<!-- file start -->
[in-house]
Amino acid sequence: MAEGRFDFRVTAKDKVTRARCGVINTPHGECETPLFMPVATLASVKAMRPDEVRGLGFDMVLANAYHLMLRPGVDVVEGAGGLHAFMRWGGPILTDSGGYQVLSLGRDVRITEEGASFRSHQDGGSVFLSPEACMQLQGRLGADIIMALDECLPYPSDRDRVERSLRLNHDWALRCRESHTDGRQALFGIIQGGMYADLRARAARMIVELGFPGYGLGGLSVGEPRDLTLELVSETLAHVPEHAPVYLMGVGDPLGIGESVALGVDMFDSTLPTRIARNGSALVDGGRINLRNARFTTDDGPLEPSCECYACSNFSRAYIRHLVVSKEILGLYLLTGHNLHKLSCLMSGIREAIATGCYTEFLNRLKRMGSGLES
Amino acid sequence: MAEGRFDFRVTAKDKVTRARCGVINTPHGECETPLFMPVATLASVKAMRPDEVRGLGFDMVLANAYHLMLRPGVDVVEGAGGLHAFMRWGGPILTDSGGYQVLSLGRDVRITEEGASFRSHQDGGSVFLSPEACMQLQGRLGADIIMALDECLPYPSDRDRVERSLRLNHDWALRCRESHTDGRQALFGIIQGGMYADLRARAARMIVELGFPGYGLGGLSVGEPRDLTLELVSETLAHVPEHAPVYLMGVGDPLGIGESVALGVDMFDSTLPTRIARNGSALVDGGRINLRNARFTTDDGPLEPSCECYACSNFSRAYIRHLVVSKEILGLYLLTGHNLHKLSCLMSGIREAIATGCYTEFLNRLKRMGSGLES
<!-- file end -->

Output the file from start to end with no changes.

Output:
[in-house]
Amino acid sequence: MAEGRFDFRVTAKDKVTRARCGVINTPHGECETPLFMPVATLASVKAMRPDEVRGLGFDMVLANAYHLMLRPGVDVVEGAGGLHAFMRWGGPILTDSGGYQVLSLGRDVRITEEGASFRSHQDGGSVFLSPEACMQLQGRLGADIIMALDECLPYPSDRDRVERSLRLNHDWALRCRESHTDGRQALFGIIQGGMYADLRARAARMIVELGFPGYGLGGLSVGEPRDLTLELVSETLAHVPEHAPVYLMGVGDPLGIGESVALGVDMFDSTLPTRIARNGSALVDGGRINLRNARFTTDDGPLEPSCECYACSNFSRAYIRHLVVSKEILGLYLLTGHNLHKLSCLMSGIREAIATGCYTEFLNRLKRMGSGLES
Amino acid sequence: MAEGRFDFRVTAKDKVTRARCGVINTPHGECETPLFMPVATLASVKAMRPDEVRGLGFDMVLANAYHLMLRPGVDVVEGAGGLHAFMRWGGPILTDSGGYQVLSLGRDVRITEEGASFRSHQDGGSVFLSPEACMQLQGRLGADIIMALDECLPYPSDRDRVERSLRLNHDWALRCRESHTDGRQALFGIIQGGMYADLRARAARMIVELGFPGYGLGGLSVGEPRDLTLELVSETLAHVPEHAPVYLMGVGDPLGIGESVALGVDMFDSTLPTRIARNGSALVDGGRINLRNARFTTDDGPLEPSCECYACSNFSRAYIRHLVVSKEILGLYLLTGHNLHKLSCLMSGIREAIATGCYTEFLNRLKRMGSGLES